The Books of Moses

The Torah is the Hebrew word for the first five books of the Bible. We Gentiles call those books the Pentateuch. “Pente” is Greek for “five”; teuchos is Greek for “vessel.” As a reminder, Dr. J. R. Church has noted separate themes in each of the books of the Torah. Each of these five books has a distinct theme:

  1. Genesis - Beginning and the Sin of man
  2. Exodus - Deliverance and Redemption
  3. Leviticus - Sanctification or setting aside
  4. Numbers - Focus on Sin, Testing
  5. Deuteronomy - Summation, Judgment, Establishment of the Kingdom
This pattern is confirmed by the Word itself, in several ways. One interesting confirmation is the opening and closing verses of each of the Books of Moses. Here is Dr. Henry Morris’ commentary on the first and last verses of Genesis:

The Book of Genesis begins with the magnificent words, “In the beginning God created.” But sin and the curse intervened, and it ends with the sad testimony of God’s people away from the land of promise, and their leader (Joseph) “in a coffin in Egypt.”

Genesis opens with the beginning and closes with the result of sin; death.

Dr. Morris’ comment caused me to look at each of the other Books of Moses. Exodus begins with the names of the children of Israel (Jacob) who came to Egypt and who were delivered. It ends with the cloud of the Lord by day and the fire by night, which was with the children of Israel as the Lord led them and redeemed them from enslavement in Egypt.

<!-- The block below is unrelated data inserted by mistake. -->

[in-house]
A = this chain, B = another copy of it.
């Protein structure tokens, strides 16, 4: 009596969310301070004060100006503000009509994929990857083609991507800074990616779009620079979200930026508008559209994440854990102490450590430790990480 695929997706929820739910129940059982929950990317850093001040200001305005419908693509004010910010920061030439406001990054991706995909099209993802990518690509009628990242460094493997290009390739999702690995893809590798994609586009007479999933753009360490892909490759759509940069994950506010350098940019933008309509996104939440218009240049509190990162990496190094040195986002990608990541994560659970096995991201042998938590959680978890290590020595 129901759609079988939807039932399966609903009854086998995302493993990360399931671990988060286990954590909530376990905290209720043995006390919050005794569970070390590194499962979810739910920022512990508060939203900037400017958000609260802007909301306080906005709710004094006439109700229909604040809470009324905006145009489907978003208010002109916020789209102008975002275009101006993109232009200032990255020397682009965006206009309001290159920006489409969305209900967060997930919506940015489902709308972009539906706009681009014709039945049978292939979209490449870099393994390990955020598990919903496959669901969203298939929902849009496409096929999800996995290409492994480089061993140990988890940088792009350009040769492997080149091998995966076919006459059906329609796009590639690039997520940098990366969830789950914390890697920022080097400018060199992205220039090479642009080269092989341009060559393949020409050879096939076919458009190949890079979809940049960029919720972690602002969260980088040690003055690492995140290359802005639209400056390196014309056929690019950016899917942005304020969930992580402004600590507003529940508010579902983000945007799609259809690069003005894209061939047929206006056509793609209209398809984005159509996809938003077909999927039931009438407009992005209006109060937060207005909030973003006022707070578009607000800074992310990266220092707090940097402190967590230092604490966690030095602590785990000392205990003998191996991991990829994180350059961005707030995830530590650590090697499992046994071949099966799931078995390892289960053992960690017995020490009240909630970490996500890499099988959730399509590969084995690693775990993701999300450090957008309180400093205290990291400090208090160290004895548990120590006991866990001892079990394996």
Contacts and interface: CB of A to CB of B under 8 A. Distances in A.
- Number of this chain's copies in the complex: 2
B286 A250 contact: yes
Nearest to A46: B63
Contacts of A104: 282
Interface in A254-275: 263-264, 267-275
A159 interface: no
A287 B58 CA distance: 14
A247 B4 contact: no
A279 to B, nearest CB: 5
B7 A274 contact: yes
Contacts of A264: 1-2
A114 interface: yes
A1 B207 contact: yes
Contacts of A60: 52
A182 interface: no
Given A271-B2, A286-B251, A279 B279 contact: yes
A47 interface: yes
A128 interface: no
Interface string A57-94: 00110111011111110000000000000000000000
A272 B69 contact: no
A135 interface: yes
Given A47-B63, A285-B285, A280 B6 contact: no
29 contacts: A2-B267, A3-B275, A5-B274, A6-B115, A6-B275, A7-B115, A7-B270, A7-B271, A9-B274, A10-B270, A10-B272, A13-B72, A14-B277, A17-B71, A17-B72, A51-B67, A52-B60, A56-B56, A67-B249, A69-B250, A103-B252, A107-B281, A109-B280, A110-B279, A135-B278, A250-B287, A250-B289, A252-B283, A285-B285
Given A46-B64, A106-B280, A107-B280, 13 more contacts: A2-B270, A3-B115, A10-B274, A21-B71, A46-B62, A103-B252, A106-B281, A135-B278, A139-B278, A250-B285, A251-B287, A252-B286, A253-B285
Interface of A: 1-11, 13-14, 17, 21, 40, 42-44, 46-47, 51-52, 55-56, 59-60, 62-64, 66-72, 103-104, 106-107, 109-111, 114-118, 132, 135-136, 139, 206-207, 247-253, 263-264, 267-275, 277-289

Leviticus opens with the Lord calling Moses with instructions for the children of Israel to sanctify themselves through ceremonial offerings. It closes with the statement that these are commandments for the children of Israel, who were set aside as a special people.

Numbers begins with the Lord instructing Moses to count the children of Israel. This is how the book received its name in English. Only men of fighting age were to be counted. This is a clue toward the nature of this book. It is about war and testing in the wilderness, the result of sin. Numbers concludes with the children of Israel at the Jordan River across from Jericho, and outside of the Promised Land.

Finally, Deuteronomy begins with Moses speaking to the children of Israel in the wilderness. In this book Moses gives a summary of their journeys and prepares them for entering into the Promised Land. The conclusion of this book notes the signs, wonders and works of the mighty hand of the Lord, the Ruler of all kingdoms, that Moses showed to all Israel as they prepared to enter their kingdom.

Brother J. R. Church was a Baptist minister from Texas who loved the Word of God and was a great scholar of the Word. Both he and Brother Henry Morris are now with the Lord. May the Lord be praised always for His wonderful Holy Bible!

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